Warehouse 13: An IntroductionA column article, Shot For Shot by: Tom Carroll
What is Warehouse 13?
a) Is it a derivation of The Lost Room miniseries?
b) Is it an amalgamation of various other media like X-Files, Raiders of the Lost Arc, and Moonlighting?
c) Is it a show that started a little sleepily, but has grown during three seasons so that it now stands squarely on its own as entertaining, involving, and enveloping episodic programming.
I’d day that the answer "all of the above."
When it premiered on Syfy (then known as SciFi) on July 7, 2009, the program garnered immediate benefits for the network. Ratings were initially off the charts (by Syfy standards) and women made up to 50 percent of the viewership … an amazing accomplishment for a network mainly appealing to freaks and geeks predominantly of the male persuasion.
Warehouse 13 follows a team of government agents who work at a massive, top-secret storage facility in desolate South Dakota which houses every strange artifact, mysterious relic, fantastical object and preternatural souvenir ever collected by the U.S. government. The Warehouse’s caretaker Artie Nielsen (Saul Rubinek) charges Pete Lattimer (Eddie McClintock), Myka Bering (Joanne Kelly), aspiring agent Claudia Donovan (Allison Scagliotti) and newcomer Steve Jinks (Aaron Ashmore) with chasing down reports of supernatural and paranormal activity in search of new objects to lodge at the Warehouse, as well as helping him to control the Warehouse itself.
As noted by its name, Warehouse 13 is the thirteenth in a line of warehouses. The first was run by Alexander the Great (in all his spare time, of course, but we’re sure he was a primo delegator). The second was in the Library of Alexandria (maybe a good reason the whole thing burned to the ground in 48 BC – accidents do happen). You get the point. The warehouse shifts around the world, always located in the country at the top of the food chain.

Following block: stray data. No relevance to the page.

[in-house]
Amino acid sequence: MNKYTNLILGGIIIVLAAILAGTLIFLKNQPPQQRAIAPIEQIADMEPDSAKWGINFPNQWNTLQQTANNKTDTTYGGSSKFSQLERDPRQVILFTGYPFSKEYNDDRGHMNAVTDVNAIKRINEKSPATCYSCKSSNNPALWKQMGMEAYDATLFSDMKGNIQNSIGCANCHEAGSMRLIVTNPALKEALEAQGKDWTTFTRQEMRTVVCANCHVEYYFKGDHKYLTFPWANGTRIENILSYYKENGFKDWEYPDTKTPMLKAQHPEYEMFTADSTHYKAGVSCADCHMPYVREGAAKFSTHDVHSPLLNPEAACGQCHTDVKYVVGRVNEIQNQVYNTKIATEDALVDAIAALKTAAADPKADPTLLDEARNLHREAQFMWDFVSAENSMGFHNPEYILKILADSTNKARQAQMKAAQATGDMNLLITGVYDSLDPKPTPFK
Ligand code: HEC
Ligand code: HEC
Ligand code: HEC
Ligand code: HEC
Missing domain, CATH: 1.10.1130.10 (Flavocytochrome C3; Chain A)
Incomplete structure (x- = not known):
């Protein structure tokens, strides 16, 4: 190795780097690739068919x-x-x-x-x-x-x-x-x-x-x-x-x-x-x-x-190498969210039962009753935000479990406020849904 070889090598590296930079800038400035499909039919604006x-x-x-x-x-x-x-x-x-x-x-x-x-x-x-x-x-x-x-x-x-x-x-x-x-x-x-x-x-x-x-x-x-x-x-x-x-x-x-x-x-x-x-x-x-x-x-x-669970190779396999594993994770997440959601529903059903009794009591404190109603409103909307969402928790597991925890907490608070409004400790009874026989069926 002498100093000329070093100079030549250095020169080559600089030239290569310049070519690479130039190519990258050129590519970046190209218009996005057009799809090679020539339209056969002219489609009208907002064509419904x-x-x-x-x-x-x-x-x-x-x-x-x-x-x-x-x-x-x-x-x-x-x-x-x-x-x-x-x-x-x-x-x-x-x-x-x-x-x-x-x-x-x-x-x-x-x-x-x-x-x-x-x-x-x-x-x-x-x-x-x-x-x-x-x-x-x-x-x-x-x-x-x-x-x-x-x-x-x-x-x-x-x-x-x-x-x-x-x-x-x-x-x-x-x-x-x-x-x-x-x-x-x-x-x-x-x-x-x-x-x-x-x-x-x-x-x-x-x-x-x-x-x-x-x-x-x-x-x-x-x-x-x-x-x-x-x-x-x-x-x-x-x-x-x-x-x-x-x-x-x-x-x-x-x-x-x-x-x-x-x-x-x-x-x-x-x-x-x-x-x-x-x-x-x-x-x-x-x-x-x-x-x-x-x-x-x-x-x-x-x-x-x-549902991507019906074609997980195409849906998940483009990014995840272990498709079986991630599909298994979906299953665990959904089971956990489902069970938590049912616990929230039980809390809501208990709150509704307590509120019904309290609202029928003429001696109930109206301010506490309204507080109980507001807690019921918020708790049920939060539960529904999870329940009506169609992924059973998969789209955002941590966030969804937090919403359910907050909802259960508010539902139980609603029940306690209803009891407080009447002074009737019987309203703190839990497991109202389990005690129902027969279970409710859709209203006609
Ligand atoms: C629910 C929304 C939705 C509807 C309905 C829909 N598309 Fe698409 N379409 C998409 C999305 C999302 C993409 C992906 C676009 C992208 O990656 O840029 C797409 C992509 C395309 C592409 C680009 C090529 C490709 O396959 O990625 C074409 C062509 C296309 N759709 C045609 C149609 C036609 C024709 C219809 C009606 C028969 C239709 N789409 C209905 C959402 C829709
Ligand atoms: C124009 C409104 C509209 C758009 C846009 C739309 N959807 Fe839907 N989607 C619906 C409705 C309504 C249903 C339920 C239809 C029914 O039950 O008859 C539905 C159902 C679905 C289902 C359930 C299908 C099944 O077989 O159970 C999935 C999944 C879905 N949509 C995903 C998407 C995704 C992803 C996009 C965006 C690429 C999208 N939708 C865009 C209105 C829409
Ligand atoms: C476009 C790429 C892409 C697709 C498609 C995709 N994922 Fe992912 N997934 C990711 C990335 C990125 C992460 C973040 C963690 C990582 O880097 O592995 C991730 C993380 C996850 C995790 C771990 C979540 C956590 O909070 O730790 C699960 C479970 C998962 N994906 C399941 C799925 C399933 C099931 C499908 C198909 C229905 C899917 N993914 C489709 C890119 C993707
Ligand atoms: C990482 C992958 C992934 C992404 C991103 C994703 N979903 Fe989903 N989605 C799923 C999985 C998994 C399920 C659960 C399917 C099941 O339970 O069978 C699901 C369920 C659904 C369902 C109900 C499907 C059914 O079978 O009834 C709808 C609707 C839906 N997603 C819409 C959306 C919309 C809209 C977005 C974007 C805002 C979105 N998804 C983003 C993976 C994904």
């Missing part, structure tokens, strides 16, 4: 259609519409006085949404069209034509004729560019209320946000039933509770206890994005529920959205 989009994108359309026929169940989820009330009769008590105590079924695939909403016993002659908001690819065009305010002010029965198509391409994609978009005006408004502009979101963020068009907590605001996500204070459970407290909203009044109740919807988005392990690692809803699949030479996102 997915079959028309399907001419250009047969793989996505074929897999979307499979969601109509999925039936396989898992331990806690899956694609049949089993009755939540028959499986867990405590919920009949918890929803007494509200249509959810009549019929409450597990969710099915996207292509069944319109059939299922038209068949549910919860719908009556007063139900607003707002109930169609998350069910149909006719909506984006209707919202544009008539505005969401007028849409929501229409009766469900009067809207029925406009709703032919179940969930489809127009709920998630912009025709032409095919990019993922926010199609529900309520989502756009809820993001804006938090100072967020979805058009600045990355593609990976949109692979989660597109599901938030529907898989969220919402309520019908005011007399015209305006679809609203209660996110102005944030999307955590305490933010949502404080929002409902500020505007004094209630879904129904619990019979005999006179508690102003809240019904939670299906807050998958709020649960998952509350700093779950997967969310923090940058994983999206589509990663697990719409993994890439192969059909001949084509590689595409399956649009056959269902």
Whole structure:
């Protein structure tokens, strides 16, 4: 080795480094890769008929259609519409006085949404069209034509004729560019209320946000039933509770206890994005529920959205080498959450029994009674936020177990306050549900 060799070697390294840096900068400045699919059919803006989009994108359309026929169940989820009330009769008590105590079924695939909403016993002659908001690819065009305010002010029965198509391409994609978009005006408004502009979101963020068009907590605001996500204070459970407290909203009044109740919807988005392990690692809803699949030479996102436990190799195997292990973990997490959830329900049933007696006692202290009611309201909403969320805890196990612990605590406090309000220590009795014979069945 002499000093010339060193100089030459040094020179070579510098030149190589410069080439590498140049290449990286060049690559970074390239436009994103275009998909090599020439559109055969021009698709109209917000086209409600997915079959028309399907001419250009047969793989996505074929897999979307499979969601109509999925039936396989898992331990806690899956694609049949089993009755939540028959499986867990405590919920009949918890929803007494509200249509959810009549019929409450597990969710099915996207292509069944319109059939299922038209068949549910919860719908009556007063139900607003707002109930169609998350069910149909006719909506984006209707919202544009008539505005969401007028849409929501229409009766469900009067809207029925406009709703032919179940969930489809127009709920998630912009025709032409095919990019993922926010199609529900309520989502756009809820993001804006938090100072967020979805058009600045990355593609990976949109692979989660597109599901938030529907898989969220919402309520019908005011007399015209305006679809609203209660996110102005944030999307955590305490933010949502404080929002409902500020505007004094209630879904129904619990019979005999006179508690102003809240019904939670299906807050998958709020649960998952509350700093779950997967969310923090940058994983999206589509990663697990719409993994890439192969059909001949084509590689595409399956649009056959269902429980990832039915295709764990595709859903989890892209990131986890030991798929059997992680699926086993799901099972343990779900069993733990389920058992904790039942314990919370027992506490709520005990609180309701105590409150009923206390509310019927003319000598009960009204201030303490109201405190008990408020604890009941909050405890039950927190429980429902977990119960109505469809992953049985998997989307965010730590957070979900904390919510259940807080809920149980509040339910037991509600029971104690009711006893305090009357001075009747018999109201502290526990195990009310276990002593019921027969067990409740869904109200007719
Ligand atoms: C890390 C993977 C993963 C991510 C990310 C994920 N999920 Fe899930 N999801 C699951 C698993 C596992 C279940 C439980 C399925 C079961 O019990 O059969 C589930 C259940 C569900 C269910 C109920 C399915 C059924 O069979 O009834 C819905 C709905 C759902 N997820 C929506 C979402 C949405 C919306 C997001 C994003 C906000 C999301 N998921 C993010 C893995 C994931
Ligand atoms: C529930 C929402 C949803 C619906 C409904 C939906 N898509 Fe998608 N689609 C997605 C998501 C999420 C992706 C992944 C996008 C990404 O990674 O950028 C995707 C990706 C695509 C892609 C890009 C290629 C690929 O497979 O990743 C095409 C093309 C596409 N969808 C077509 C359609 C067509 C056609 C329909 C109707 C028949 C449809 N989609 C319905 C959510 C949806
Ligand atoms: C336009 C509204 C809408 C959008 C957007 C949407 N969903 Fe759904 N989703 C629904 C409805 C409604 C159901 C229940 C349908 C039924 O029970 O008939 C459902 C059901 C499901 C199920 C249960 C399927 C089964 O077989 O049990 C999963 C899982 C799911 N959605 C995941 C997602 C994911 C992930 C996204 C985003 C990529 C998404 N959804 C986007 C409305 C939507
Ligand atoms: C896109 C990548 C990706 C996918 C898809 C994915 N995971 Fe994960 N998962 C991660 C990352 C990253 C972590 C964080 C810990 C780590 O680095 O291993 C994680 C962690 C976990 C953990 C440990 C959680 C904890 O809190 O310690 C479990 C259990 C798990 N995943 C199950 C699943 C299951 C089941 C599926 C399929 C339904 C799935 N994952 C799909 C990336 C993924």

Part of the reason the show was an instant hit was precisely that the show had many familiar elements from other shows and movies that were hits on their own. There was this huge, mysterious warehouse like that shown in two of the four Indiana Jones movies.
There were also two engaging ATF operatives, Myka Bering and Peter Lattimer, who strongly resembled other duos throughout television history, such as Scully and Muldur from X-Files, Hayes and Addison from Moonlighting, and Popeye and Olive Oyl from … well, that last one might be a bit of a reach, but work with me here. I’m at deadline.
Oh, and for all of you who have completely memorized the dialog in The Lost Room, beat me with a desiccated asparagus spear for ignoring it so far. I’ve never seen it, though I have just ordered it from Ebay and hoped it would arrive before I wrote this intro piece on Warehouse 13. If only I had a warehouse to delve into for back copies of TV shows.
After the generous start, Warehouse 13 settled in as a regular performer within Syfy’s slate of shows. It has warped in and out of normalcy, with some of the best episodes involving H.G. Wells, a British agent originally serving Warehouse 12 in London. Cryogenically frozen and bronzed for protection (that comes with a whopping big warning label, to be sure), she emerges in our time to be a help and hindrance to the warehouse keepers. She is the embodiment of time tricks that the show uses quite well, all the better when you have a warehouse that contains artifacts from the earliest parts of recorded history.
If you don’t have a good idea of the show, the first two seasons are on DVD now (I’m reviewing Season One by borrowing the DVDs from the local library, cheap bastard that I am). The opening shows from Season Three are available online, so there is no reason you can’t keep up with it.
Warehouse 13 has been picked up by Syfy for a fourth season, which is good for everyone. This is no time to mothball a show that is just getting the wind in its sails.
Tom Carroll is a writer and artist who has worked in video games, online media, and comic books. Most recently he worked for Interplay Entertainment (Giants: Citizen Kabuto for PS2) and Rockstar San Diego (Midnight Club series and Red Dead Redemption). He wrote P.O.D.: The Nexus (2008, Zondervan Press, a division of Harper-Collins), and has his own comic property, The Gun Nose Chronicles, in development. He currently writes for Game Developer magazine and Comics Bulletin. Tom is also entered in a jingle contest. Help him win by going to the Corky's Pest Control website and voting for “It Hurts.”